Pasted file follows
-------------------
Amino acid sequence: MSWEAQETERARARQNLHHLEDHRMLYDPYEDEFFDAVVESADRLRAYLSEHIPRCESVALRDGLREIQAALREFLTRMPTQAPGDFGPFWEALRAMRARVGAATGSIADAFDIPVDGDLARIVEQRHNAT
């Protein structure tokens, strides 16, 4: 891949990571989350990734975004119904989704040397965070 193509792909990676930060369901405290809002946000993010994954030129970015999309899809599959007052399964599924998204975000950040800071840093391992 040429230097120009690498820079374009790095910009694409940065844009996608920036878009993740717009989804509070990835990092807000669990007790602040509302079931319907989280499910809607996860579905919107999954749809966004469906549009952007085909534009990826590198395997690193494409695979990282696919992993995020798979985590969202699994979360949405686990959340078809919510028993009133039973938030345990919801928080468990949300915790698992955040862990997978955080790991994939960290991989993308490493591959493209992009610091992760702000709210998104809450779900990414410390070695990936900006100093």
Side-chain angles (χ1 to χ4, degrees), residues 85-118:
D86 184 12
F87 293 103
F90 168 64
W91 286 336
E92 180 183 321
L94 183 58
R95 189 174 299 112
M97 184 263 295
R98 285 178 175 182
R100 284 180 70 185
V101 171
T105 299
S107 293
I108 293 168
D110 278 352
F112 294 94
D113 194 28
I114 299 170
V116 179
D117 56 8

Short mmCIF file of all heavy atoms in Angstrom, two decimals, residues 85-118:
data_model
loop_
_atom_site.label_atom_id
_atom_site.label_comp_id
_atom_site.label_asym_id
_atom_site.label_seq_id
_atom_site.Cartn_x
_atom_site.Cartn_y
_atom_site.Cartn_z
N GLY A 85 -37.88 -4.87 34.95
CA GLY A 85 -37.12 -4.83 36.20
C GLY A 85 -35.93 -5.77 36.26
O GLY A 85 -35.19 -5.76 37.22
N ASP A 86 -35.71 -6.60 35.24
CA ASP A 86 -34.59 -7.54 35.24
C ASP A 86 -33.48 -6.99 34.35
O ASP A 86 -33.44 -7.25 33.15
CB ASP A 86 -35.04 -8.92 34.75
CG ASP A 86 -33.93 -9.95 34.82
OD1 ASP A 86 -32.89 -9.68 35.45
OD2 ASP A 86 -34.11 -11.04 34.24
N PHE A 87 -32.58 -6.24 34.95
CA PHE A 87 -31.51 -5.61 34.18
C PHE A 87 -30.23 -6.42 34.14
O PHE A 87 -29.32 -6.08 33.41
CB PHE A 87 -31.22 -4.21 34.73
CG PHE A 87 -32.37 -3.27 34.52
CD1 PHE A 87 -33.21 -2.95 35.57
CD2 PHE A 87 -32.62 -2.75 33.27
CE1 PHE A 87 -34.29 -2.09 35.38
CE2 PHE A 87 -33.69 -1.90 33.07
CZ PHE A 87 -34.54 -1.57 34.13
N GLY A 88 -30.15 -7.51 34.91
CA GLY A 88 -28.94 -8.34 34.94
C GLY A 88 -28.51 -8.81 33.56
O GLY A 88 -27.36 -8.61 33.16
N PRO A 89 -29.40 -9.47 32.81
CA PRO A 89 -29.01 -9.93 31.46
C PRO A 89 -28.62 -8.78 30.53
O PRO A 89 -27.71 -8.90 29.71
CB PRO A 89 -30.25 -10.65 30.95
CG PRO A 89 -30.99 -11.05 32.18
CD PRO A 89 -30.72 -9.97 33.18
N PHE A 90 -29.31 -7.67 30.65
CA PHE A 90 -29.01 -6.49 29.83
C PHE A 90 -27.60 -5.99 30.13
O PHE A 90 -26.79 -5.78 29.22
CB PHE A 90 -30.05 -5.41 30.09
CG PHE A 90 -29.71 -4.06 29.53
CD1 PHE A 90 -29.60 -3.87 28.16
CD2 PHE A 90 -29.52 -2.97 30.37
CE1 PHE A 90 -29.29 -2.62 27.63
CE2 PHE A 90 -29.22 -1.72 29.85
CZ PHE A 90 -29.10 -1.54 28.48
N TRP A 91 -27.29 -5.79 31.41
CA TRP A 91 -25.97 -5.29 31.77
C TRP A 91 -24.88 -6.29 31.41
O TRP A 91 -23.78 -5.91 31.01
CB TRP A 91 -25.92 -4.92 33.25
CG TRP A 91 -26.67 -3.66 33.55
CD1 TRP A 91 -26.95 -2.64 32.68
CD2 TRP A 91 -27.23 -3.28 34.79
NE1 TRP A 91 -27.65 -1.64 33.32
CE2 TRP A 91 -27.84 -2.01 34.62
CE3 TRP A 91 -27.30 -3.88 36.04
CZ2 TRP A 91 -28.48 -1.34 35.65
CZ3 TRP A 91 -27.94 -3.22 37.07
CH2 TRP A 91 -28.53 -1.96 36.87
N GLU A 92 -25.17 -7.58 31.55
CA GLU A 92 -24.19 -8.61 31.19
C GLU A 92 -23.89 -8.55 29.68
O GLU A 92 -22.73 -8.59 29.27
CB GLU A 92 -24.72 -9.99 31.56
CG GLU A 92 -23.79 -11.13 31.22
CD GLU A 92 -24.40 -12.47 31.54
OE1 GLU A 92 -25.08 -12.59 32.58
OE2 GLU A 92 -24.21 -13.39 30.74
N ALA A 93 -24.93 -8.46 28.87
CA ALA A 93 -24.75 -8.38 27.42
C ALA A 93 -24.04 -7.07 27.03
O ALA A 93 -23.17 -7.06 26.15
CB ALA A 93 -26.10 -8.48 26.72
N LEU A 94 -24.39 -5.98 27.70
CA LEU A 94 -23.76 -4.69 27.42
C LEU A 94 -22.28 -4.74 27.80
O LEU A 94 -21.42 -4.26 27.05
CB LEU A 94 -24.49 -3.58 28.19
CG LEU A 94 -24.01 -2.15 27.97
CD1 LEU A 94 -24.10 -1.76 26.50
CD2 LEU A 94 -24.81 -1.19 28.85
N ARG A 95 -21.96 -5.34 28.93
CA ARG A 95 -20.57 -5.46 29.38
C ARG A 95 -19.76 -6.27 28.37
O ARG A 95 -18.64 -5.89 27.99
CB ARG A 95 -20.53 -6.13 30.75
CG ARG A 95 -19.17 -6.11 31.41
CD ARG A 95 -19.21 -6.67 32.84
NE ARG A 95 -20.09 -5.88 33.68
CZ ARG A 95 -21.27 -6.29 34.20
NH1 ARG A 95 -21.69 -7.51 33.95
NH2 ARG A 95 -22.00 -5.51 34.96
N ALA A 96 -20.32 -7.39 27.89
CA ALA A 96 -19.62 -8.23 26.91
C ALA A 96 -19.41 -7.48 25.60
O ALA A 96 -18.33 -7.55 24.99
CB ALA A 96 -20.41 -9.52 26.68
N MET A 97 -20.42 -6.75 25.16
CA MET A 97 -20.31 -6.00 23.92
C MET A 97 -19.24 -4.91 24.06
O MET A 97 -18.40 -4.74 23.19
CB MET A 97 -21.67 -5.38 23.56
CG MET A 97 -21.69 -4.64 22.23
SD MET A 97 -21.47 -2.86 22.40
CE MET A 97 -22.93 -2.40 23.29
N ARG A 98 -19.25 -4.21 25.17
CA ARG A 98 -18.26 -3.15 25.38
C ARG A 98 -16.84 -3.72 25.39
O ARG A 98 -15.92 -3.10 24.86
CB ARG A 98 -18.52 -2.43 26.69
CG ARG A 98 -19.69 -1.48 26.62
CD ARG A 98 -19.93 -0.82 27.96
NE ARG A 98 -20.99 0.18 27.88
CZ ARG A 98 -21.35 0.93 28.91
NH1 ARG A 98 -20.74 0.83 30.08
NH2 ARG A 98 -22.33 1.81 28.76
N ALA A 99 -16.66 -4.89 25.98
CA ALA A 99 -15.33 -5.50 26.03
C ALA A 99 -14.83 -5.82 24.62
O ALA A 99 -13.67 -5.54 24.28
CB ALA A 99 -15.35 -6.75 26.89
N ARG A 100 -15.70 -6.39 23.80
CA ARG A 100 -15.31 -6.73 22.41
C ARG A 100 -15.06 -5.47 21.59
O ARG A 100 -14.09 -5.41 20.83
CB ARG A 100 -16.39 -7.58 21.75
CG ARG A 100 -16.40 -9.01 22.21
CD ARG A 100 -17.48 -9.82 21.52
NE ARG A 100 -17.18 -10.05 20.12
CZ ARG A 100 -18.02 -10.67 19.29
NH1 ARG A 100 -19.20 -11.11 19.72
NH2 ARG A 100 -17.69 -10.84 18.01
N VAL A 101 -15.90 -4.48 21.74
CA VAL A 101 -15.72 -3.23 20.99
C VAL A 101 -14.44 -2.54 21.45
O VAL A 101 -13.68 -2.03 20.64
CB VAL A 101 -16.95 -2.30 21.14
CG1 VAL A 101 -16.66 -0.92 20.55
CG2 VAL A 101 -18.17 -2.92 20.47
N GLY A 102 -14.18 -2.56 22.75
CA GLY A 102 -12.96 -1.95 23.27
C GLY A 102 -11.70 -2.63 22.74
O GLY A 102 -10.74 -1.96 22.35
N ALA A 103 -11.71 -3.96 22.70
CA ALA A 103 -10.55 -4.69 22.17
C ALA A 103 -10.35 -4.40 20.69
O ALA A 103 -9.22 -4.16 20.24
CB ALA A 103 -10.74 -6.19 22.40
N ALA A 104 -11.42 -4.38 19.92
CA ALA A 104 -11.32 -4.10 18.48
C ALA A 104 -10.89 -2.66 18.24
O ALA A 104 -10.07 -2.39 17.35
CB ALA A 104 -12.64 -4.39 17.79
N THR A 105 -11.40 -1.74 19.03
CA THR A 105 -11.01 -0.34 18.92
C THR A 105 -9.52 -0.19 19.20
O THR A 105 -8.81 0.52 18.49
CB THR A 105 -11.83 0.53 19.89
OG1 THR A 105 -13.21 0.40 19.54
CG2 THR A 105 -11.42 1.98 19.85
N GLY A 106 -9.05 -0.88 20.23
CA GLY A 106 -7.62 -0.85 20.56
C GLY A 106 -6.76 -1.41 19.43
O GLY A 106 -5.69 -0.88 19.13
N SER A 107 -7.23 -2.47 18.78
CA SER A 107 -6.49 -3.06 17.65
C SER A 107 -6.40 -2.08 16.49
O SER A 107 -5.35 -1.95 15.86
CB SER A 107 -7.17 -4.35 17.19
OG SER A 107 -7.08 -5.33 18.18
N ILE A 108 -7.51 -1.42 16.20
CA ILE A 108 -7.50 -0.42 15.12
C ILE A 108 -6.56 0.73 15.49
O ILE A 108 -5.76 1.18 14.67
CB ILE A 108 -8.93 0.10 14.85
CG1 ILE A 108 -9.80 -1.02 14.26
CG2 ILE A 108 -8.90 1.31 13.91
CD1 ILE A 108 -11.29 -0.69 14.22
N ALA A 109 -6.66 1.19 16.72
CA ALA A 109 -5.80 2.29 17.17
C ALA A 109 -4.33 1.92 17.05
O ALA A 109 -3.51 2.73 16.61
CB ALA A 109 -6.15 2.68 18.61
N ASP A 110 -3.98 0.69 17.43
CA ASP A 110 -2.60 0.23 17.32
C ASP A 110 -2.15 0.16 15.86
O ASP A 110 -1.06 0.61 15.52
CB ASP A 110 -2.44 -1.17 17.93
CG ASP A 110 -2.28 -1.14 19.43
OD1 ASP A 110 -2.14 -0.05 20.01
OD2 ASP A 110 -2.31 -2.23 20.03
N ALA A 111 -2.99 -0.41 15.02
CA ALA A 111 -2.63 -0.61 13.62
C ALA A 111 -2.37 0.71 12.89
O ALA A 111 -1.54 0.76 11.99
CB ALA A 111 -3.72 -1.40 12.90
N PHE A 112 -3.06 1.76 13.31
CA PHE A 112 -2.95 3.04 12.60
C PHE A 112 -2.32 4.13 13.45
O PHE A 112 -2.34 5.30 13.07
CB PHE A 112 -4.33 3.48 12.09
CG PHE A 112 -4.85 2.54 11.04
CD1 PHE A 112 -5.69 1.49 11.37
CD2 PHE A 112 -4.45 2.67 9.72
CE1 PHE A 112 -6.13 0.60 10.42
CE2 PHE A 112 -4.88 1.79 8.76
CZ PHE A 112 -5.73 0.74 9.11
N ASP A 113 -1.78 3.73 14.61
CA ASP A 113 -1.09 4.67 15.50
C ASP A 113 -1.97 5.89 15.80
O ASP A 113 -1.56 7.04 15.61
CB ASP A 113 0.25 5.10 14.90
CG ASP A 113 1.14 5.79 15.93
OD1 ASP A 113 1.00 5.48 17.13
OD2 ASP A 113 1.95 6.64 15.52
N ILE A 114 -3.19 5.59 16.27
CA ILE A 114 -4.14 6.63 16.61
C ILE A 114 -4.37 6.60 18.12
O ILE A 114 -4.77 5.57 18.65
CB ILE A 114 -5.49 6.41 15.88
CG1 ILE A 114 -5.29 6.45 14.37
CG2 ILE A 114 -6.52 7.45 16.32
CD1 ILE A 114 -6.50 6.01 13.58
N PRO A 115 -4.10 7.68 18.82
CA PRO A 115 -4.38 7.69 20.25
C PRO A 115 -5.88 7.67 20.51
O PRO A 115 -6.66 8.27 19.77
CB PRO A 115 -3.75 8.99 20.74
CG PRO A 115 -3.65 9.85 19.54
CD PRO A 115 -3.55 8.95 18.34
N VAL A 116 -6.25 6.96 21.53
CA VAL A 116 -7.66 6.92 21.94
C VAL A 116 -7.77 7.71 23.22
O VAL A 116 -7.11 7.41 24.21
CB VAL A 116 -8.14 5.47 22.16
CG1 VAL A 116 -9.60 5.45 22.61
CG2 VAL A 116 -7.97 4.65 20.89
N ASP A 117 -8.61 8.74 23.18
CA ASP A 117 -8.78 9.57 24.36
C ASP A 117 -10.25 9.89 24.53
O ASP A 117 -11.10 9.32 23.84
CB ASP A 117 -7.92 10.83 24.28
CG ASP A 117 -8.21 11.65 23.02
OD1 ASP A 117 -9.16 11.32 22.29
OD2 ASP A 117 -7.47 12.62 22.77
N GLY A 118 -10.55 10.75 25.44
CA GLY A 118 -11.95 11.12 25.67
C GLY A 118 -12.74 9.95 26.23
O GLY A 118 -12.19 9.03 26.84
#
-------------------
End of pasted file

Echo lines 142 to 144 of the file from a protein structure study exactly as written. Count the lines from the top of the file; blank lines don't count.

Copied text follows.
O ARG A 98 -15.92 -3.10 24.86
CB ARG A 98 -18.52 -2.43 26.69
CG ARG A 98 -19.69 -1.48 26.62